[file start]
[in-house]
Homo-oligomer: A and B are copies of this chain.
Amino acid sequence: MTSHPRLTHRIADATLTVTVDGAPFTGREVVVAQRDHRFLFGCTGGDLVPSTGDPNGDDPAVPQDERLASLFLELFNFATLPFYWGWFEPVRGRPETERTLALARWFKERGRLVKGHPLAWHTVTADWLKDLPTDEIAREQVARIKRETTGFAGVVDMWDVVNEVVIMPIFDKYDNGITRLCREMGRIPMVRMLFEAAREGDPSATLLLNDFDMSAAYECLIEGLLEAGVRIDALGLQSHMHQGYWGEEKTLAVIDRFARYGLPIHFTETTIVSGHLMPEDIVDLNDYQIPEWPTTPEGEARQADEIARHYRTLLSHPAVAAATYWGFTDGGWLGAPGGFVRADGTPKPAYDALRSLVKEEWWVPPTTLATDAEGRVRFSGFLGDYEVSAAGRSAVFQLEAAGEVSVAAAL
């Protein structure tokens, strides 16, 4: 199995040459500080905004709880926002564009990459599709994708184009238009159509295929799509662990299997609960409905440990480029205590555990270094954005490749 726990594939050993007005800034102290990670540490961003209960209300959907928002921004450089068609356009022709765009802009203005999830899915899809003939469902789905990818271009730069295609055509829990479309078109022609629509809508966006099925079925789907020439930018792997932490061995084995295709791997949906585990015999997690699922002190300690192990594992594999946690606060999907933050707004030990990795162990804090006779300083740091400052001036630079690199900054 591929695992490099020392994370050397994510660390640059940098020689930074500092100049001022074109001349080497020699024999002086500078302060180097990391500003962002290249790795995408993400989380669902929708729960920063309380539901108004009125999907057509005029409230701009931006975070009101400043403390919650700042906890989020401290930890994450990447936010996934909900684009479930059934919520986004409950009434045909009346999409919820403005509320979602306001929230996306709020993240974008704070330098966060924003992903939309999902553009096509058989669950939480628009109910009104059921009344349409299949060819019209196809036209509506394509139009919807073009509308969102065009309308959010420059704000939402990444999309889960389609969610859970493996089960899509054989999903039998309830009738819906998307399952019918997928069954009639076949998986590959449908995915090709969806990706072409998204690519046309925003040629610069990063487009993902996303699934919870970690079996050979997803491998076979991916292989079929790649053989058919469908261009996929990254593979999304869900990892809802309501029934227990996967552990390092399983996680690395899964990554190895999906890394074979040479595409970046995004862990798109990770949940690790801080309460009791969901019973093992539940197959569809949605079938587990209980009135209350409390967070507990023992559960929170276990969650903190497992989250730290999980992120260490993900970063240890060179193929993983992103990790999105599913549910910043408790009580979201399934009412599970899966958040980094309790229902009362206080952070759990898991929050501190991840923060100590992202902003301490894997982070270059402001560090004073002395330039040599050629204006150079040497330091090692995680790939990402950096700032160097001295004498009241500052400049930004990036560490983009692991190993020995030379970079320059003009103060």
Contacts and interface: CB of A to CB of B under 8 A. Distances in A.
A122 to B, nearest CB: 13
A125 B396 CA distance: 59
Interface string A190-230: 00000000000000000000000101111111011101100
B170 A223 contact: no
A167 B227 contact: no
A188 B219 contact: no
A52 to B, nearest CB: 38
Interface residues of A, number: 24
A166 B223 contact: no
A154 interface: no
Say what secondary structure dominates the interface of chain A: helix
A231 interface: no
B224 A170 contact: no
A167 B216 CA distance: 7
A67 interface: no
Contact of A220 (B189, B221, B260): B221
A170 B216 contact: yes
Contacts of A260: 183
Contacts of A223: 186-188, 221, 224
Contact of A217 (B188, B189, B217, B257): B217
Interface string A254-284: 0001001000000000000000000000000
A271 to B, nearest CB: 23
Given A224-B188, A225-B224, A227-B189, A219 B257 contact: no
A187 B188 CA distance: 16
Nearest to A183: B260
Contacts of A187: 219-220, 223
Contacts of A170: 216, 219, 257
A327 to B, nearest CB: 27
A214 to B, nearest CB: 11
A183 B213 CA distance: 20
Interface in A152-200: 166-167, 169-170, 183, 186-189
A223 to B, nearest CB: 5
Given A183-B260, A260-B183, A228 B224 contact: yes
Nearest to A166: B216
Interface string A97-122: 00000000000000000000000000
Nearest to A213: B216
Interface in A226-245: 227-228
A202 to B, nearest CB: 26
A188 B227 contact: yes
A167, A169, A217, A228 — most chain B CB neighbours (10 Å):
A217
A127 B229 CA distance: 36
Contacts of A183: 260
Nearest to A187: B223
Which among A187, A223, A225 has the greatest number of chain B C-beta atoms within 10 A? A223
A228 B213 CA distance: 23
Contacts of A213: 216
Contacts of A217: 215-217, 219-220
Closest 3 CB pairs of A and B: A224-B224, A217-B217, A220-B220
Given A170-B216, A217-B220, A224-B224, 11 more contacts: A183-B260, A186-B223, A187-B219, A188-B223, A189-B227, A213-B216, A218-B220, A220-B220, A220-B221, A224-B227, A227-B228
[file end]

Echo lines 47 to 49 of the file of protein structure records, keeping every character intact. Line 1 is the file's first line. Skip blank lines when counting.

A127 B229 CA distance: 36
Contacts of A183: 260
Nearest to A187: B223